Over half of Canadian youth and young adults who have consumed energy drinks have experienced negative health effects as a result, according to a study from the University of Waterloo.
In a nationwide survey of Canadian youth, over half of those who had ever consumed an energy drink had reported experiencing an adverse health event, including rapid heartbeat, nausea, and in rare cases, seizures.
Currently, Canadian legislation is meant to prohibit energy drinks from being marketed to children and energy drinks are not recommend to be used by people participating in sporting activities.
"Most risk assessments to date have used coffee as a reference for estimating the health effects of energy drinks; however, it is clear these products pose a greater health risk," said David Hammond a Professor in the School of Public Health at the University of Waterloo. "The health effects from energy could be due to the different ingredients than coffee, or the ways in which they consumed, including with alcohol or during physical activity; regardless, the findings suggest a need to increase surveillance of health effects from these products."
In conducting the study, the researchers surveyed 2,055 young Canadians aged 12 to 24. Of those that had reported consuming energy drinks at some point in their lives, 55.4 per cent reported experiencing an adverse health event.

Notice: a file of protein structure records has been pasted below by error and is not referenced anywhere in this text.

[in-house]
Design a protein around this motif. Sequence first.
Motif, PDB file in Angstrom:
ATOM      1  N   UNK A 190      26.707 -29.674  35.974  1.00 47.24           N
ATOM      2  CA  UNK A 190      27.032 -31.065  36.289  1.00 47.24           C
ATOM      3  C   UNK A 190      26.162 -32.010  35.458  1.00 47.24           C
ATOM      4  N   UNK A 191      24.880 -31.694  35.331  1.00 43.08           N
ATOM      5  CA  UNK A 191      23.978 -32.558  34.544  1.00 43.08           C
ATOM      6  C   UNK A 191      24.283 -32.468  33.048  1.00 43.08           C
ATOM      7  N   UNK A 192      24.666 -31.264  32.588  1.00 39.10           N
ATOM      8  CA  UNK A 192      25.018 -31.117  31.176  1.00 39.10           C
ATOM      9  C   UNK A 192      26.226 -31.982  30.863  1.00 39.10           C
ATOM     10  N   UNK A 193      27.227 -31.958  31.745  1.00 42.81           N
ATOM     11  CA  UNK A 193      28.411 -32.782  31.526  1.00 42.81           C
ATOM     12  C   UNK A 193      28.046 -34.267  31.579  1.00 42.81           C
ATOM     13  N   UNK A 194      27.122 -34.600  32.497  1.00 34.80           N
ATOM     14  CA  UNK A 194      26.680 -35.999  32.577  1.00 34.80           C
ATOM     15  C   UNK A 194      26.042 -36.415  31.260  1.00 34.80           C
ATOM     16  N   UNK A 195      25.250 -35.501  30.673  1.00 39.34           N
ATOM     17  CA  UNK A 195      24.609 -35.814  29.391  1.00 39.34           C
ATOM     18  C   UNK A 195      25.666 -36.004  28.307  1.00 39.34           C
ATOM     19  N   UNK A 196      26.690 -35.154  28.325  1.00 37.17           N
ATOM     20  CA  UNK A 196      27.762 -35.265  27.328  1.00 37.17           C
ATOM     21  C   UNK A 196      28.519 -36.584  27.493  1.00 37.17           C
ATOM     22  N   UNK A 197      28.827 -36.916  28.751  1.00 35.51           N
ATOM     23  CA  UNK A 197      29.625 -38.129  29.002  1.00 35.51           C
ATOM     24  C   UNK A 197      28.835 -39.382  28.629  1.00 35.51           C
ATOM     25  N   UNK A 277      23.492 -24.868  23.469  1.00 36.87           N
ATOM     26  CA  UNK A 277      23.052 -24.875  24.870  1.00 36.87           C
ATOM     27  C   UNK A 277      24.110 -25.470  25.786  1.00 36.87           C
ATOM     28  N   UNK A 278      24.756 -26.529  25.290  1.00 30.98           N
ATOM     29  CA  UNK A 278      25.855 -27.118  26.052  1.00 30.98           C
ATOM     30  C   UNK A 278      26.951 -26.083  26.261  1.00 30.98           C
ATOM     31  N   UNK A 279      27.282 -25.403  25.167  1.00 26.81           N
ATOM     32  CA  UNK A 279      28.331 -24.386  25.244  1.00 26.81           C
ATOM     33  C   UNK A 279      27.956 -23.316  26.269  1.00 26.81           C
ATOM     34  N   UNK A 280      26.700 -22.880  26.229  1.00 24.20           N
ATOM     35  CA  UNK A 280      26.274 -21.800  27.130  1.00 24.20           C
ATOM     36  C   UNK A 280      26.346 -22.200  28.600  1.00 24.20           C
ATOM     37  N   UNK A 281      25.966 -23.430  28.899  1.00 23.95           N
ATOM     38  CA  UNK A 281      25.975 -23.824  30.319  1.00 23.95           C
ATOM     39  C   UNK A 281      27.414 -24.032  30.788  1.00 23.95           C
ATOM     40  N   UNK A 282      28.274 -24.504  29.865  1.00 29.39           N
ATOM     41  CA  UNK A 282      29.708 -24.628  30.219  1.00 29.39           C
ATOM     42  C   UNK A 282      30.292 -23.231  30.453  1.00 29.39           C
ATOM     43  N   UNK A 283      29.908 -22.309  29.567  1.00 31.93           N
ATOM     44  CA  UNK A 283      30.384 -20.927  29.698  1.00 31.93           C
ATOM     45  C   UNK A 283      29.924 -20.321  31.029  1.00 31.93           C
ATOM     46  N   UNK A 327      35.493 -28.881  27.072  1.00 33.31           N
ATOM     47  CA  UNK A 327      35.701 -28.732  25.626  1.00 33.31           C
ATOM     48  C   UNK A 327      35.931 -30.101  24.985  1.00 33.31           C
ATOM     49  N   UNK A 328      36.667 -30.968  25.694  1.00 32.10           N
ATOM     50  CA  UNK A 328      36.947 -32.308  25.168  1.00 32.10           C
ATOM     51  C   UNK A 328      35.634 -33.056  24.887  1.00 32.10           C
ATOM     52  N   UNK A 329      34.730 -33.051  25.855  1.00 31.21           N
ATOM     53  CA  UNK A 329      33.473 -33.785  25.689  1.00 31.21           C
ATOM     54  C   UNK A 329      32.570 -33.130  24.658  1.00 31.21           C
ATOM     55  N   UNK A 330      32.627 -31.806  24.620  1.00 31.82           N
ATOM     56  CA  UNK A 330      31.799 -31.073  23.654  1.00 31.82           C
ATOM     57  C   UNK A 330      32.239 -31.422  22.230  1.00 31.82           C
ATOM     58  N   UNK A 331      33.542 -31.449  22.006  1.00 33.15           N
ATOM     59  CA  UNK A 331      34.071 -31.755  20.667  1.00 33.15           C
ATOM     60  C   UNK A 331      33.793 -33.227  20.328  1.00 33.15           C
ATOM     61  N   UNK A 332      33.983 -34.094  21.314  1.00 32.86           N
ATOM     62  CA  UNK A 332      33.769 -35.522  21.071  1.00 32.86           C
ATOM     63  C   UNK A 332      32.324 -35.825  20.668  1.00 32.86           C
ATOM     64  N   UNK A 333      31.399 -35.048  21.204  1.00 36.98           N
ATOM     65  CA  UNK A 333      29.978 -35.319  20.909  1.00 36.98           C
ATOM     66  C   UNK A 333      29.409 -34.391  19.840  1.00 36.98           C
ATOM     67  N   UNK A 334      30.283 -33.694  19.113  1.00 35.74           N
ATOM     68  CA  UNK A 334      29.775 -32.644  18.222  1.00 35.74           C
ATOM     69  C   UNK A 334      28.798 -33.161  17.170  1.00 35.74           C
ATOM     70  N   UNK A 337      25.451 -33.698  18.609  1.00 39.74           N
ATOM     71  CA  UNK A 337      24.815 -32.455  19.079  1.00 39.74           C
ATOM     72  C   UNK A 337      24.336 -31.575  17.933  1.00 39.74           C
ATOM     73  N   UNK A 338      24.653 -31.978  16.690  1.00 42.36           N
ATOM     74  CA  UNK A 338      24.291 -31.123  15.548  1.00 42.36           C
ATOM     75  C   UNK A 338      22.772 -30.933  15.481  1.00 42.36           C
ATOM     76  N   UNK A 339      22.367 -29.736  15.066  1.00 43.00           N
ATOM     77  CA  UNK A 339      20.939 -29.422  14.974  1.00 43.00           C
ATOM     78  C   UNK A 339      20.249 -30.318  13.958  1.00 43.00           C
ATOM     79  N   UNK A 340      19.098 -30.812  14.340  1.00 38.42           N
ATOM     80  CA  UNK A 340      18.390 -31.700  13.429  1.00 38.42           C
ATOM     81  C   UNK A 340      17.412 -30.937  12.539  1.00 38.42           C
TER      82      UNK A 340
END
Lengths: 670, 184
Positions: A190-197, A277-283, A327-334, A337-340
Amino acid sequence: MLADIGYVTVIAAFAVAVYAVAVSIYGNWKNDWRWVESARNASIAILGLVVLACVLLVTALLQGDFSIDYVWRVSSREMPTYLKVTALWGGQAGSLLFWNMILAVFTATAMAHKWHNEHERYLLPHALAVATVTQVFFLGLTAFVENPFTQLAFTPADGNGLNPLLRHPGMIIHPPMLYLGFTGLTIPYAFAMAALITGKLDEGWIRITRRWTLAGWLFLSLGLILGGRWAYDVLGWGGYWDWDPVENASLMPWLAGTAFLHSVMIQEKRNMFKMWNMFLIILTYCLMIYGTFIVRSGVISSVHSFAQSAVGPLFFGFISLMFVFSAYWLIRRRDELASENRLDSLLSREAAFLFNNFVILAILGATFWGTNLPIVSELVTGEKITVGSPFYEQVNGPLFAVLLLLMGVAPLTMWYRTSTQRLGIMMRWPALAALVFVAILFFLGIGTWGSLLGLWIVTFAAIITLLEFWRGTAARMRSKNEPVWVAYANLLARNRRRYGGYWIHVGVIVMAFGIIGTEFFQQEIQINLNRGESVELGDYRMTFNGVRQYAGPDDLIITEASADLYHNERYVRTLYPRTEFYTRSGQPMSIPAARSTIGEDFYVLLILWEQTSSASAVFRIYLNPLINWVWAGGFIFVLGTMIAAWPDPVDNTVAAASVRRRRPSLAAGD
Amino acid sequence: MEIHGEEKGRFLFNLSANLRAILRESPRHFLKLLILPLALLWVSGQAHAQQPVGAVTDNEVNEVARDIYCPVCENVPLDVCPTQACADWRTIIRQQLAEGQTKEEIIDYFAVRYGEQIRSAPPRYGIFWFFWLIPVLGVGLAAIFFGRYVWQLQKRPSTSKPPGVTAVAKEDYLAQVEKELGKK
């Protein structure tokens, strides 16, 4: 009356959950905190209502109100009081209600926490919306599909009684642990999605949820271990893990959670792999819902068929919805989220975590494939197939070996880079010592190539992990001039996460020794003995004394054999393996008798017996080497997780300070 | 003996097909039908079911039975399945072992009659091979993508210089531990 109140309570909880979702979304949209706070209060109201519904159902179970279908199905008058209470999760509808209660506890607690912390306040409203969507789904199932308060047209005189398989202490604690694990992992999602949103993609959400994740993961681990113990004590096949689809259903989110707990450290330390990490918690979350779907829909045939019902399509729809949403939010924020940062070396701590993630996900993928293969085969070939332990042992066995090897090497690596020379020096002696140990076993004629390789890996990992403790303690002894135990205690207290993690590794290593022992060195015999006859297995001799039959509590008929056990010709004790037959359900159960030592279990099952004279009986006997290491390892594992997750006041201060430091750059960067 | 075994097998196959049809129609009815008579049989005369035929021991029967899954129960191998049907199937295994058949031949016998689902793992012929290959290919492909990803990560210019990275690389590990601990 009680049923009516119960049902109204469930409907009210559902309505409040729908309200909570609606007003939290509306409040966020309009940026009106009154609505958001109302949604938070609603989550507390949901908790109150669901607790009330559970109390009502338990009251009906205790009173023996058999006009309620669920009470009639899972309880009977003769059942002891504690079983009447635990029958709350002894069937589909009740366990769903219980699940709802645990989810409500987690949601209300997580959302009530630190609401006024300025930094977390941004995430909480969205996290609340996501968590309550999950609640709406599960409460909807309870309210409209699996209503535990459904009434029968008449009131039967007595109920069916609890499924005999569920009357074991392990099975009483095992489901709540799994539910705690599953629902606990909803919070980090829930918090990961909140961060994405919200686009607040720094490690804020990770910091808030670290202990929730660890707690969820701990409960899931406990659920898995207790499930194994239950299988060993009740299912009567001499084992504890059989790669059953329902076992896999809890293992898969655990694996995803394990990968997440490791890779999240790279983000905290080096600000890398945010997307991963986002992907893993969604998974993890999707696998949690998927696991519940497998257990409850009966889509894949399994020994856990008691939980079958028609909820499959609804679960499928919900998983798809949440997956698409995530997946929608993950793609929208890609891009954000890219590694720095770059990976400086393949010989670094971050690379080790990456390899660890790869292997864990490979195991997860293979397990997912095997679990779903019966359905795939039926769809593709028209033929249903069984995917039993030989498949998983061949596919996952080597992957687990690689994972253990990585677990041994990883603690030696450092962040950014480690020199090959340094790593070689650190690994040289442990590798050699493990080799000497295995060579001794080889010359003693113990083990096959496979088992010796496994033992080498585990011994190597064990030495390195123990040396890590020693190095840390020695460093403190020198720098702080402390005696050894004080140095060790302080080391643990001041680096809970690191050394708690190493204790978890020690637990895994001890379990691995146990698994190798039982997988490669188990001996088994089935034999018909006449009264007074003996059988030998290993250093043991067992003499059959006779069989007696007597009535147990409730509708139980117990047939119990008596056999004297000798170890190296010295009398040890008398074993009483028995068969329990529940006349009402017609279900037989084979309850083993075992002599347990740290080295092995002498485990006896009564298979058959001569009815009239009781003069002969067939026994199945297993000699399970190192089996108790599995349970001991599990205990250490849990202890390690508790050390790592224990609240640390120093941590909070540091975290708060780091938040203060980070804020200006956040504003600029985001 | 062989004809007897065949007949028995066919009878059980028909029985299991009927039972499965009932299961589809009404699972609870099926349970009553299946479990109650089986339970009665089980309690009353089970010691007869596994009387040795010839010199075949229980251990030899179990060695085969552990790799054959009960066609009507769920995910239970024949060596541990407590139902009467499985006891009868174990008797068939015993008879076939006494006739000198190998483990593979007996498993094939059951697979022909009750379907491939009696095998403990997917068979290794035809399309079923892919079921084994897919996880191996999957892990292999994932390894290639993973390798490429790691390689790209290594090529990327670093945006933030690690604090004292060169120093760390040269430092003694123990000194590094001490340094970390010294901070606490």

Of those reporting adverse health events, 24.7 per cent reported experiencing a fast heartbeat, 24.1 per cent reported difficulty sleeping and 18.3 per cent reported experiencing headaches. A total of 5.1 per cent reported nausea, vomiting or diarrhea, 5 per cent sought medical attention, 3.6 per cent reported experiencing chest pains, and 0.2 per cent reported having a seizure.
"The number of health effects observed in our study suggests that more should be done to restrict consumption among children and youth," said Hammond. "At the moment, there are no restrictions on children purchasing energy drinks, and they are marketed at the point-of-sale in grocery stores, as well as advertising that targets children."
Hammond's study appears in the journal CMAJ Open.